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  • Over the last 40 years I have seen the Institutions put a lot of time and effort into new forms of Conditions of Contract, including now the NEC forms and other systems designed to improve on an ongoing history of poor project performance - time and cost over-runs, failures and with extensive disputes. What appears to have occurred on this Wembley project seems not untypical of the sort of problems that have too often occurred, including confused responsibility splits and lack of agreed records. I remember Max Abrahamson setting out at one of his famous Contracts seminars the 3 most important elements of any claim - records, more records, and even more records!

    However, the bulk of these C.of C and other changes were not only unnecessary but have far too often not provided any marked improvement, particularly the management by committee implicit within the NEC contracts. All that has ever been necessary, and is critically necessary, is properly defined contract responsibility splits, adequate and unambiguous specifications, comprehensive enough programmes fully identifying all that is to be done and when, by all the parties involved - including the Engineer and the Client, but most importantly an enpowered driving "Engineer" with the necessary contracts, technical and construction/installation skills and experience and with no management by committee who provides proper and effective "independent" overall supervision and control. The latter implies a Project Leader with extensive "hands-on" across the board exposure and experience with both consultants and contractors. Properly handled the previous C of C's available coped with every situation and every problem that could arise!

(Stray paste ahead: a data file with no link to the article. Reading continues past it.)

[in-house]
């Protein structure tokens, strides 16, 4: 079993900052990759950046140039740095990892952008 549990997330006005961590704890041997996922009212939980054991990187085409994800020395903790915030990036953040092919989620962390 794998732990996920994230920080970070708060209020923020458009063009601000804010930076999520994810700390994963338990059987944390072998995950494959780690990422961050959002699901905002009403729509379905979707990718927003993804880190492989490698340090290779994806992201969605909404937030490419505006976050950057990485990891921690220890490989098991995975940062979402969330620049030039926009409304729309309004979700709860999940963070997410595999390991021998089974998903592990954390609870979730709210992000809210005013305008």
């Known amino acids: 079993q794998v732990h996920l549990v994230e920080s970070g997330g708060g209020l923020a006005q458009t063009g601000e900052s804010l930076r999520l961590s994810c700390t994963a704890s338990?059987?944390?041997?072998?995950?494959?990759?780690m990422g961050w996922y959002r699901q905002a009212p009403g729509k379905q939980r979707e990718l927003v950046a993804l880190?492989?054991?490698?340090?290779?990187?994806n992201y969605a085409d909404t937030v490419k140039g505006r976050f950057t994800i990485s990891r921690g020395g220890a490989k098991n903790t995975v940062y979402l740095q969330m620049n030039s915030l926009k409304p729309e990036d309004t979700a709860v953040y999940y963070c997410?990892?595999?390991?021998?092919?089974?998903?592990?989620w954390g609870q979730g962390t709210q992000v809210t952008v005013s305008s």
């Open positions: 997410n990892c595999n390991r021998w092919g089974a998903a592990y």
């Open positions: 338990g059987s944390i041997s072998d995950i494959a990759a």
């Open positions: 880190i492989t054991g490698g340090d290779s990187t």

The only improvements I ever thought were necessary and have rarely ever been provided were (1) "Engineer" supervisor and Project Leader not to be the Consultant Designer and hence truly independent, and (2) Projects run by engineers and not grossly influenced and manipulated by QS's, Accountants and Lawyers.

    The problem for consultants continues to be minimal returns for maximum risk, including PLC consultants who increasingly will be pushed into accepting more "contractor" risks responsibilities but with no premium payments for excellence. Too often there is also a failure in the industry to provide the sort of systems adopted within, say, the Petrochemical industries - far better responsibilty splits' definitions, more effective documentation control and communication routes, cost engineers who know the works involved and therefore the true basis of costs and delays, including all appropriate records - and not QS's, better planners who are engineers who know the works and the implied sequences and interfaces and are not simply picture drawers, better subcontract/supplier management, and Project Leaders with drive and fully involved!.

    The fees and enhanced margins that should be available to consultants and contractors should be for efficient and experienced engineers in return for completing works to quality,time, and budget, and not for Lawyers, QS's and other hangers-on!